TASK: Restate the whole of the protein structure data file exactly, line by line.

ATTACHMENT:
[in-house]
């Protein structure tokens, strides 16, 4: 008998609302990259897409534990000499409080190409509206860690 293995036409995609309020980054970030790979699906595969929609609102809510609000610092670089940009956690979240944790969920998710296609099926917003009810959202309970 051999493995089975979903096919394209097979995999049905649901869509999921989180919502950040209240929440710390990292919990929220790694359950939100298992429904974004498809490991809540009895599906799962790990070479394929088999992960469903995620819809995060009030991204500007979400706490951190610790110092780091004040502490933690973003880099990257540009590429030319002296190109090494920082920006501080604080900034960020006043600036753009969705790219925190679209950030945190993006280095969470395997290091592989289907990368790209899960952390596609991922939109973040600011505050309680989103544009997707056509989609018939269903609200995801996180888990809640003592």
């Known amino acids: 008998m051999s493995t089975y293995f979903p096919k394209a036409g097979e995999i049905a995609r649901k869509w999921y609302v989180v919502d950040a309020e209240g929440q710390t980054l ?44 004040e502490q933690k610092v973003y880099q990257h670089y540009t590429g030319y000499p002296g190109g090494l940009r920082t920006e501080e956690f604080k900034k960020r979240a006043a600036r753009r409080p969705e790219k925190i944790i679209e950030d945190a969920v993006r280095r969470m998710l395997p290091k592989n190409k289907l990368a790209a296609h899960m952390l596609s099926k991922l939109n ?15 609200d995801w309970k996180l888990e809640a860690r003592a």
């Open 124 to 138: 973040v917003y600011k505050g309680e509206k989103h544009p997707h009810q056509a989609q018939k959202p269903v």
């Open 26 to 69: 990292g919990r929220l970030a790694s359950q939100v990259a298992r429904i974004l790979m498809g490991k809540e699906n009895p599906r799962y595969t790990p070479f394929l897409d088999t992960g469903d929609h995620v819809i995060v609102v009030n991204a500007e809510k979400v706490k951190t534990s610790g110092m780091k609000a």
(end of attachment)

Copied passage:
[in-house]
């Protein structure tokens, strides 16, 4: 008998609302990259897409534990000499409080190409509206860690 293995036409995609309020980054970030790979699906595969929609609102809510609000610092670089940009956690979240944790969920998710296609099926917003009810959202309970 051999493995089975979903096919394209097979995999049905649901869509999921989180919502950040209240929440710390990292919990929220790694359950939100298992429904974004498809490991809540009895599906799962790990070479394929088999992960469903995620819809995060009030991204500007979400706490951190610790110092780091004040502490933690973003880099990257540009590429030319002296190109090494920082920006501080604080900034960020006043600036753009969705790219925190679209950030945190993006280095969470395997290091592989289907990368790209899960952390596609991922939109973040600011505050309680989103544009997707056509989609018939269903609200995801996180888990809640003592």
């Known amino acids: 008998m051999s493995t089975y293995f979903p096919k394209a036409g097979e995999i049905a995609r649901k869509w999921y609302v989180v919502d950040a309020e209240g929440q710390t980054l ?44 004040e502490q933690k610092v973003y880099q990257h670089y540009t590429g030319y000499p002296g190109g090494l940009r920082t920006e501080e956690f604080k900034k960020r979240a006043a600036r753009r409080p969705e790219k925190i944790i679209e950030d945190a969920v993006r280095r969470m998710l395997p290091k592989n190409k289907l990368a790209a296609h899960m952390l596609s099926k991922l939109n ?15 609200d995801w309970k996180l888990e809640a860690r003592a």
């Open 124 to 138: 973040v917003y600011k505050g309680e509206k989103h544009p997707h009810q056509a989609q018939k959202p269903v």
């Open 26 to 69: 990292g919990r929220l970030a790694s359950q939100v990259a298992r429904i974004l790979m498809g490991k809540e699906n009895p599906r799962y595969t790990p070479f394929l897409d088999t992960g469903d929609h995620v819809i995060v609102v009030n991204a500007e809510k979400v706490k951190t534990s610790g110092m780091k609000a």